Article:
Electricity won’t save us from our oil problems

Almost everyone seems to believe that our energy problems are primarily oil-related. Electricity will save us.

I recently gave a talk to a group of IEEE electricity researchers (primarily engineers) about the current energy situation and how welcoming it is for new technologies. Needless to say, this group did not come with the standard mindset. They wanted to understand what the electricity situation really is. They are very aware that intermittent renewables, including wind and solar, present many challenges. They didn’t come with the preconceived notion that oil is the problem and electricity will save us.

It wasn’t until I sat down and looked at the electricity situation that I realized how worrying it really is. Intermittent wind and solar cannot stand on their own. They also cannot scale up to the necessary level in the required time period. Instead, the way they are added to the grid artificially depresses wholesale electricity prices, driving other forms of generation out of business. While intermittent wind and solar may sound sustainable, the way that they are added to the electric grid tends to push the overall electrical system toward collapse. They act like parasites on the system.

We end up with an electricity situation parallel to the chronic low-price problem we have for oil. Prices for producers, all along the electricity supply chain, fall too low. Of course, consumers don’t complain about this problem. The electricity system also becomes more fragile, as we depend to an ever greater extent on electricity supplies that may or may not be available at a reasonable price at a given point in time. The full extent of the problem doesn’t become apparent immediately, either. We end up with both the electrical and oil systems speeding in the direction of collapse, while most observers are saying, “But prices aren’t high. How can there possibly be a problem?”

Simply removing the subsidies that come from Production Tax Credits doesn’t fix the situation either. In one sense, the problem reflects a combination of many types of direct and indirect subsidies, including state mandates and the requirement that intermittent renewables be allowed to go first. In another sense, the problem is that, in a self-organizing economy, energy prices (including electricity prices) can only rise temporarily. The increase in energy prices is made possible by a growing debt bubble. At some point, this debt bubble collapses. Raising interest rates, as the US is doing now, is a good way of collapsing the debt bubble.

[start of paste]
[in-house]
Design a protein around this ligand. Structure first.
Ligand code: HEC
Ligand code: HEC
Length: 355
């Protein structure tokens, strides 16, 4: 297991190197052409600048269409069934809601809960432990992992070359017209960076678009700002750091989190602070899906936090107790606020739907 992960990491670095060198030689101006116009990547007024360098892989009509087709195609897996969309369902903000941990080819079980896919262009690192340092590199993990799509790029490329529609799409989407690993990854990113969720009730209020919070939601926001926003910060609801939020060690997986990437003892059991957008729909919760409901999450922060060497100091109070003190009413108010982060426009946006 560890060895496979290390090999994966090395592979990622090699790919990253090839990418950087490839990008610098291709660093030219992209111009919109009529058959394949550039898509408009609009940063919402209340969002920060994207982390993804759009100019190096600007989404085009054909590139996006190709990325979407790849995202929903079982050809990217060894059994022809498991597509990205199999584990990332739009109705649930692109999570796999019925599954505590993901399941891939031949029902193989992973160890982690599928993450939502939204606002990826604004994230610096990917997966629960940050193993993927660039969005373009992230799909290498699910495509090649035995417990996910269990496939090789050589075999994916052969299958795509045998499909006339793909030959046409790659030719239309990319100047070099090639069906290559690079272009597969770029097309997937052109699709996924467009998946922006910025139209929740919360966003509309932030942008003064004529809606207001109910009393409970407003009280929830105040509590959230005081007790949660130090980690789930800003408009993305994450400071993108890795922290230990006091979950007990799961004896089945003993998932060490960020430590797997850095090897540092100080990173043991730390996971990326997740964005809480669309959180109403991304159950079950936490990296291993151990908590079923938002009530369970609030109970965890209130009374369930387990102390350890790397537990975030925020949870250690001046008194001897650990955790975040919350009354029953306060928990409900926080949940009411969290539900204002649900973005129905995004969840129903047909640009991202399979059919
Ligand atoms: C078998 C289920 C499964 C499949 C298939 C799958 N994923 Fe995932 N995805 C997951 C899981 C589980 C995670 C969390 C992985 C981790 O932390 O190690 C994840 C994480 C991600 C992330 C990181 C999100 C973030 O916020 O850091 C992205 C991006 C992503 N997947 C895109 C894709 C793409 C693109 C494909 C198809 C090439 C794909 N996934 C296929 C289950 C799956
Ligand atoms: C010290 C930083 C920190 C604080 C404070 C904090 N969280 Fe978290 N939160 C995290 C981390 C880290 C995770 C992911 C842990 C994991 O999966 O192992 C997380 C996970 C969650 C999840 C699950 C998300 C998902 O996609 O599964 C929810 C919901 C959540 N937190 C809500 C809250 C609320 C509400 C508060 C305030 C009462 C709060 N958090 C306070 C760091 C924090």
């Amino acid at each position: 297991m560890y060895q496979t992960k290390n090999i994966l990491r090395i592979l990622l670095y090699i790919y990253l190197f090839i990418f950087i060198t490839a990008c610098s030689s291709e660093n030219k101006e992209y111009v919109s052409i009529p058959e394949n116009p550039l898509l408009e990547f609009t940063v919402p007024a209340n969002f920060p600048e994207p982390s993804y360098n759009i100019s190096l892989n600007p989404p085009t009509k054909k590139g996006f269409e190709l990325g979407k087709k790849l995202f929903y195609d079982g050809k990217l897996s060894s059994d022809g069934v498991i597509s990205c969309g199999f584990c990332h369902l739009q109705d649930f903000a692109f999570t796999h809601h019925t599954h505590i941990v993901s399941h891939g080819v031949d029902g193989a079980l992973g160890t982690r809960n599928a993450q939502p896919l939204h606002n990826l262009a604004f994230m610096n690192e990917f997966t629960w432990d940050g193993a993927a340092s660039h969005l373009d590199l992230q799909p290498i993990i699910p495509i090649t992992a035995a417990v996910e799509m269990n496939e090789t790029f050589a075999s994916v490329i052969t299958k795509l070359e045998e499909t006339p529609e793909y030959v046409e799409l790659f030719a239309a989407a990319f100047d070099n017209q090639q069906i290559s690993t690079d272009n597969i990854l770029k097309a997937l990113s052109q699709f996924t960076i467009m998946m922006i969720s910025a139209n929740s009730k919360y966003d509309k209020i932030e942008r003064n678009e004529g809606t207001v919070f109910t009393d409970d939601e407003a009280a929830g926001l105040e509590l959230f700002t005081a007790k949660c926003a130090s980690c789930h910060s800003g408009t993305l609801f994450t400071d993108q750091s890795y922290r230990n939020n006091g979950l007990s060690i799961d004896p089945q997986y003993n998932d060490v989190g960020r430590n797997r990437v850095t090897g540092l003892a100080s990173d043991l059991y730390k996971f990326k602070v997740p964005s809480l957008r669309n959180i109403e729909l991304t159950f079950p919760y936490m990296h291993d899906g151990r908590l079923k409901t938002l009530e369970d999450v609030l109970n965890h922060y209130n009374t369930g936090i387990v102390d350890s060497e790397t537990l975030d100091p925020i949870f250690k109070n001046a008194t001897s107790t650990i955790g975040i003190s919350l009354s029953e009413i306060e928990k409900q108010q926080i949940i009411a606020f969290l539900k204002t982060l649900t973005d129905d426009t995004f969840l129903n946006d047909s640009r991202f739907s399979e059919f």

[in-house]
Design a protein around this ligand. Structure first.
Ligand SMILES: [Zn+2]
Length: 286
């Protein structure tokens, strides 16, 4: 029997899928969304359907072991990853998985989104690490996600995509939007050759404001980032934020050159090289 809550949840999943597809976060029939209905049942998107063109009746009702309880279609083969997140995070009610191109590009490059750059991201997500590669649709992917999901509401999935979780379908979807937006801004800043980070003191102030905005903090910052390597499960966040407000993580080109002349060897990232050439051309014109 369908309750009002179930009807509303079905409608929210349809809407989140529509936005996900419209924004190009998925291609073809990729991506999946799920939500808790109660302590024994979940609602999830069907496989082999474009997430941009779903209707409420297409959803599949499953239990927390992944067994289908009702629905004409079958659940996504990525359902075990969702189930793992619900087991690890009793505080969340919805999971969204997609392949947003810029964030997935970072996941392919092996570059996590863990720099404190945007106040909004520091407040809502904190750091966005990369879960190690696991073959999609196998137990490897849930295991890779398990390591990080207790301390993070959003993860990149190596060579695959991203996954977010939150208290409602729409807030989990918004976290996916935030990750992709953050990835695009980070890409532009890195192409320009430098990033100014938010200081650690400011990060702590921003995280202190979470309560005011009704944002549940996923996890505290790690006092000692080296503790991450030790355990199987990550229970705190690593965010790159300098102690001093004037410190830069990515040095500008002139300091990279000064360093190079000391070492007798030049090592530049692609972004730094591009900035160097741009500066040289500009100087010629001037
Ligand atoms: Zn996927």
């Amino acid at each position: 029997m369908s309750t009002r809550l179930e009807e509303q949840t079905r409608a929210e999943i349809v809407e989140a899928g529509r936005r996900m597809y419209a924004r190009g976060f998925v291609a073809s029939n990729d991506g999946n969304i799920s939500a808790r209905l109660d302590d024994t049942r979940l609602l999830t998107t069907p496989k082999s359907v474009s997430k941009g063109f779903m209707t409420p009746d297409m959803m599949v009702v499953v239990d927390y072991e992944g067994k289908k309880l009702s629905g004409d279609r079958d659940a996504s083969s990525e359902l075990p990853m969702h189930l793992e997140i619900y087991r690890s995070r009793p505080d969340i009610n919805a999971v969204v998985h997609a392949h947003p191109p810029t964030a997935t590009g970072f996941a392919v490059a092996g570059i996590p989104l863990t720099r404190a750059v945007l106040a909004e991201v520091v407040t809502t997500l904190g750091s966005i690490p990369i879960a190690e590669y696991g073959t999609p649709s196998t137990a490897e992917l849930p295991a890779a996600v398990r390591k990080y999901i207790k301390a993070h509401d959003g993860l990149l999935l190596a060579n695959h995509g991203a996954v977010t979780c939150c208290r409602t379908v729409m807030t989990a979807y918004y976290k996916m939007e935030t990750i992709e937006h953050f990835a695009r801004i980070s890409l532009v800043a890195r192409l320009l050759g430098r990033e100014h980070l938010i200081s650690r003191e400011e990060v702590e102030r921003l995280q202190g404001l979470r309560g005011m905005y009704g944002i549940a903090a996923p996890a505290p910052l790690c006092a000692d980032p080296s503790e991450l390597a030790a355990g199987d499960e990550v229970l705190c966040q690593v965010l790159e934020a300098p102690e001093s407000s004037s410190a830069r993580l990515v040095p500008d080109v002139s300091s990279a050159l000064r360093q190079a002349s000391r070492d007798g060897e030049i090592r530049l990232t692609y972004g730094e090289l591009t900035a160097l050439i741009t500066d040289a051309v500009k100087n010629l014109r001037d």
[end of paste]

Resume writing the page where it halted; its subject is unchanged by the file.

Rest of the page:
Furthermore, the subsidies for intermittent wind and solar discourage other innovation because they lead to terribly low wholesale prices for innovators to compete against, particularly in areas where hour by hour competitive rating is done. The ultimate problem is that if one type of electricity production is subsidized (even if in subtle ways), all electricity producers must be subsidized. Governments cannot possibly afford such widespread subsidies.

A PDF of my presentation can be found at this link: An Electricity Perspective on the Fragile State of the Economy. In this article, I offer some comments on these slides.

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Our Electricity Problem: Getting the Diagnosis Correct

What is really wrong with our energy system, particularly as it relates to electricity and natural gas? Are there any mitigations available? I have been asked to give a talk at an Electricity/Natural Gas conference that includes both producers and industrial users of electricity and natural gas.

In this presentation, I suggest that the standard diagnosis of the problems facing the energy system is incomplete. While climate change may be a problem, there is another urgent problem that attendees at the conference should be aware of as well–affordability, and the severe near-term impact affordability can be expected to have on the system.

My written summary of this talk is fairly brief. I have not tried to repeat the information shown on the slides. This is a link to a copy of my presentation: Our Electricity Problem: Getting the Diagnosis Right

Slide 2

Slide 2

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The Long-Term Tie Between Energy Supply, Population, and the Economy

The tie between energy supply, population, and the economy goes back to the hunter-gatherer period. Hunter-gatherers managed to multiply their population at least 4-fold, and perhaps by as much as 25-fold, by using energy techniques which allowed them to expand their territory from central Africa to virtually the whole world, including the Americas and Australia.